The results are consistent: the words used to describe women are generally negative, the words for men are complimentary and the words for "sex" are usually violent. It seems that "nailing," "drilling," "pounding," "banging" & "fucking" casually roll off the tongues of youth but the words "making love" leave them rosy-cheeked and embarrassed.

The cultural definition of "making love" usually refers to two people who are in love sharing their bodies in a sexual way (a blush-worthy definition for any high school student, to be sure). But I'd like to explore a more literal definition. I am wondering what produces love? Is it parenthood? Friendship? Romance? This is a bigger question than can be adequately addressed in this blog entry. Clearly. But for the sake of exploration, roll with me.

Parenthood, friendship and romance all have connection in common. I can argue that connecting & being fully present with others can produce joy and, depending on your definition, love.

My next question is -- what do we enter the bedroom to do, exactly? Is it simply to get off? If that is all, the other person is a mere accessory. You can "fuck," "nail" or "bang" your partner and you may reach your goal of orgasm in happy conjunction with them but you also run the risk of doing it at the expense of their well-being.

Countless songs, poems & visual works of art have been inspired by sex. Yet certainly many 'sexually active' folks have wondered "what is all the fuss about?" I don't claim to have all the answers, but I am pretty sure all the "fuss" did not stem from merely getting-off at the hands of another person [pardon the pun]. It was inspired by something more.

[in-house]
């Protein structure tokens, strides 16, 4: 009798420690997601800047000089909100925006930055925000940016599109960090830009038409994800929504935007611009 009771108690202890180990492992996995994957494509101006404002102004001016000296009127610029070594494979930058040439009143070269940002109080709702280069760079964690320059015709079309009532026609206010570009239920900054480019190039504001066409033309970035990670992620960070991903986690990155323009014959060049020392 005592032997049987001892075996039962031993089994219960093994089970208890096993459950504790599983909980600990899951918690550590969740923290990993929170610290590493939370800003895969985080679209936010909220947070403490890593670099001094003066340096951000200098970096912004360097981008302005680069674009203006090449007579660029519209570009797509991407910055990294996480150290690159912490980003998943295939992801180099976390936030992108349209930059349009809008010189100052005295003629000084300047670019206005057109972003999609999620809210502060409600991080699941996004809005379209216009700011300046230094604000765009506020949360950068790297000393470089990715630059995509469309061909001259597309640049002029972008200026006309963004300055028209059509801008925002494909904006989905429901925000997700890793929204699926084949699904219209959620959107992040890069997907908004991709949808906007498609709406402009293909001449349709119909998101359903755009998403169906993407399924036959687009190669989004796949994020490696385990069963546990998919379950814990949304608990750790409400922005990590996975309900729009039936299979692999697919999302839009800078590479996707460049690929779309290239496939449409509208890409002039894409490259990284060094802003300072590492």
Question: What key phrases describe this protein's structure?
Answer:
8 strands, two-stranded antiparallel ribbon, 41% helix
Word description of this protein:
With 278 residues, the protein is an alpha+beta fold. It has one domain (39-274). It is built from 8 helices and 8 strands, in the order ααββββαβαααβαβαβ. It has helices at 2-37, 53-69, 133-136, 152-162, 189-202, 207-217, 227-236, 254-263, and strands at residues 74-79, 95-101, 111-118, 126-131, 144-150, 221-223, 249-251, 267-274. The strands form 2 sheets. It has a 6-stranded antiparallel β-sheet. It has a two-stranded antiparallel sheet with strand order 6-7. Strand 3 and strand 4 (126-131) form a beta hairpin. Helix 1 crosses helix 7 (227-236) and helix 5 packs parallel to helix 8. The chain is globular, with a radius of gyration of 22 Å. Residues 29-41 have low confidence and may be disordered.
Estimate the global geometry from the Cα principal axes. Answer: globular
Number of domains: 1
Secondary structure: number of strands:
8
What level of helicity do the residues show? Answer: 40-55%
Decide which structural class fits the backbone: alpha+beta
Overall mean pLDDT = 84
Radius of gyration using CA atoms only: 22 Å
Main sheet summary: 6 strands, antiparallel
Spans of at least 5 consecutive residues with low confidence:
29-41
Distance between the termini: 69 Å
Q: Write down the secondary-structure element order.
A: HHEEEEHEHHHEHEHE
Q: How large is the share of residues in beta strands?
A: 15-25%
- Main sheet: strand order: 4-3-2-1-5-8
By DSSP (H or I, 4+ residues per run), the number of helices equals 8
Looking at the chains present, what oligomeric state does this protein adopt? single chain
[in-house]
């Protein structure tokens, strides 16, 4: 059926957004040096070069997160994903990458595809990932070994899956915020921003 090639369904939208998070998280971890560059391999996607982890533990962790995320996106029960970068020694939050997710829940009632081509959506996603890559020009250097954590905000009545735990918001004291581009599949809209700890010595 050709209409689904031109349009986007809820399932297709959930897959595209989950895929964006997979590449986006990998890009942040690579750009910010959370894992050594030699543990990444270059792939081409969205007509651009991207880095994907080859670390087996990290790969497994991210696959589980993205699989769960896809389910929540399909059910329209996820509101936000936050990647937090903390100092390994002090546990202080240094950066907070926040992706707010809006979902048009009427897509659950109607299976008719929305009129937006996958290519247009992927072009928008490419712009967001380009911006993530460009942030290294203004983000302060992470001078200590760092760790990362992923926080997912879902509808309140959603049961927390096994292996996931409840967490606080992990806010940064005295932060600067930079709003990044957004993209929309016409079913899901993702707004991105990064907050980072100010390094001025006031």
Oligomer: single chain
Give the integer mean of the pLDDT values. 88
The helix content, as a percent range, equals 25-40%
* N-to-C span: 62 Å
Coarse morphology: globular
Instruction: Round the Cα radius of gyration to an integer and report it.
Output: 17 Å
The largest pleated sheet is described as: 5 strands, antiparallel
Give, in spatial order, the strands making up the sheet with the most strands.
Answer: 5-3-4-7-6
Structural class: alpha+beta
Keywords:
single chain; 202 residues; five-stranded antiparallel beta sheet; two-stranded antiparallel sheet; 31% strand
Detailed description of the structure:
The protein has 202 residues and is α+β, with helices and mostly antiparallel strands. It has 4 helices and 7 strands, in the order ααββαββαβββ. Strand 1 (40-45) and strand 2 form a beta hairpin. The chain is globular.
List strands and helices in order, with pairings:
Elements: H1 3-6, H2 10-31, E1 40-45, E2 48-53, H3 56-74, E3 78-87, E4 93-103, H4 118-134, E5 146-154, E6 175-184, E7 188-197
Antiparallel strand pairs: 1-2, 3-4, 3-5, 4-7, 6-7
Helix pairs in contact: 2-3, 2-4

Instead of concerning ourselves solely with attaining orgasm or pleasuring our partner, I argue a more enjoyable experience will be had if we enter an encounter with the goal of connecting or being with another person. That connection can take many forms. It may be tender or rough, vanilla or kinky, it may be shared between lifelong partners or total strangers or anything in-between. But when partners connect with one another, when they check-in and make sure that their actions and behaviors are in-line with their partner's wants and desires, everyone leaves the experience feeling joyful and loving. In essence, you have produced, created, or in other words, made love.

The person who just had a fulfilling sexual experience is probably not the person cutting in line at the grocery store or flipping you off on the highway. They're more likely the person letting you cut in line because you have fewer items or leaving room for you to merge into their lane. In these seemingly small ways (and at the risk of sounding too "hippy-dippy") they are literally spreading kindness, joy, and yes -- love.

So okay, admittedly my definition of "producing love" is no less blush-worthy to an average high schooler than the standard definition of "making love." But I wonder what could be gained if, as a culture, we understood sex as a means of producing love and joy rather than a sinful and often destructive act that ruins young women and promotes young men to a false god-like status.

People have sex. Teens have sex. We can't change that. But we can change our cultural definition of what having sex is and should be. It should produce joy. It should produce love. If it does not, it's possible what we're doing isn't sex at all.